Niche markets. The major countries where the Muslim population is the minority are also potentially substantial markets for Halal certified products, representing large market segment potentials. The US, Russia, China, France and Germany rank among the top Islamic economies according to aggregate Islamic GDP figures. Recent reports indicate that Halal sales in the US are increasing around 80% per year, where a number of new retail outlets specialising in Halal products are increasing.


A&P, Loblaws, Food Basics and Wal-Mart are allocating space for Halal products in their stores. However, in Europe and the

Middle East, per capita consumption of cosmetics is high.8 Possibilities exist that in some countries there may be

potentially lucrative niches.


There is one important point that should be made here. Islam has no geographical boundaries, thus diversity  rather than homogeneity is the key to this market where faith is the only common bonding factor. Even as Muslims lean towards Western style consumption and lifestyles, they are embracing their faith with much more reverence than perhaps previous generations that had to struggle to survive.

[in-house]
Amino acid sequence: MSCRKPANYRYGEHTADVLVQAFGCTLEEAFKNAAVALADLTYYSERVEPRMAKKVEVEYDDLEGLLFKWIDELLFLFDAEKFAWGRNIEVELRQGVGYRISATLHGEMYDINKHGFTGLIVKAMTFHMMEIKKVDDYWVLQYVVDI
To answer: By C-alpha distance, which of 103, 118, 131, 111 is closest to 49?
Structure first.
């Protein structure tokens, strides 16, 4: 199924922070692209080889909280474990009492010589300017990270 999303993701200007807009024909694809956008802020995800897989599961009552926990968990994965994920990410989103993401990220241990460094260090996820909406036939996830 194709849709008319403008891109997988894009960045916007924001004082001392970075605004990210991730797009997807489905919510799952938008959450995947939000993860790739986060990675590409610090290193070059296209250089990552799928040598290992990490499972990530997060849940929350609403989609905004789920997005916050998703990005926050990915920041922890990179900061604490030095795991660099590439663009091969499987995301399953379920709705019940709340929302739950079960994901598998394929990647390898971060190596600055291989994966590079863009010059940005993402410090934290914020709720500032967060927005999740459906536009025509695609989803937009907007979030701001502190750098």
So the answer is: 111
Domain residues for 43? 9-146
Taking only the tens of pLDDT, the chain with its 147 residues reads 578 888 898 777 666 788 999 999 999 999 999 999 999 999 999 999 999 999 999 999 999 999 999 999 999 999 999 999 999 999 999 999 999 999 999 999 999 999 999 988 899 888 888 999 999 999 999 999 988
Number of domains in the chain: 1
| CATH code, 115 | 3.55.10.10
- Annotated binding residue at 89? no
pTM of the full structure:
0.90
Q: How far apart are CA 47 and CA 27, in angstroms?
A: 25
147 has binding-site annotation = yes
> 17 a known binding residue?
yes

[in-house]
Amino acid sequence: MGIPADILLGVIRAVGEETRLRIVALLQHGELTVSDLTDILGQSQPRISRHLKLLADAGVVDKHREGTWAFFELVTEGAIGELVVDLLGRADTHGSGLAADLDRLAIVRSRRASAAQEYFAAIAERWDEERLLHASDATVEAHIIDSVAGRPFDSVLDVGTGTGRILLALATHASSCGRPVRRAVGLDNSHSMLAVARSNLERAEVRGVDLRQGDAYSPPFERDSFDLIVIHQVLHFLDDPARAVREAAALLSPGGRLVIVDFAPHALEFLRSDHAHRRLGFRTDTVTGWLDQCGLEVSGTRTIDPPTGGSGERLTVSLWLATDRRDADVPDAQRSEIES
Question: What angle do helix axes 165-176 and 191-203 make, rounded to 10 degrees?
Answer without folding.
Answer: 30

Muslim obligation under the Tawhid (the relationship between man and God) is something that enters into everyday life and as a consequence, Muslim consumers are seeking products and services that are Syar’iah compliant (the path shown by God). However on the other hand, some research shows that approximately 20% of Muslim consumers do not look for Halal certifications when purchasing a product and that the majority of consumers will buy products that do not have the logo if there are no alternatives.


More research is required in this area. Central to the Syar’iah are the concepts of Halal and Toyyibaan, which govern all the economic activities of man in production and consumption of wealth, where certain means of gaining a livelihood are declared unlawful. Halal means lawful or permitted for Muslims, a concept that is much wider than food issues. It concerns whether operations and procedures are undertaken according to the Syar’iah.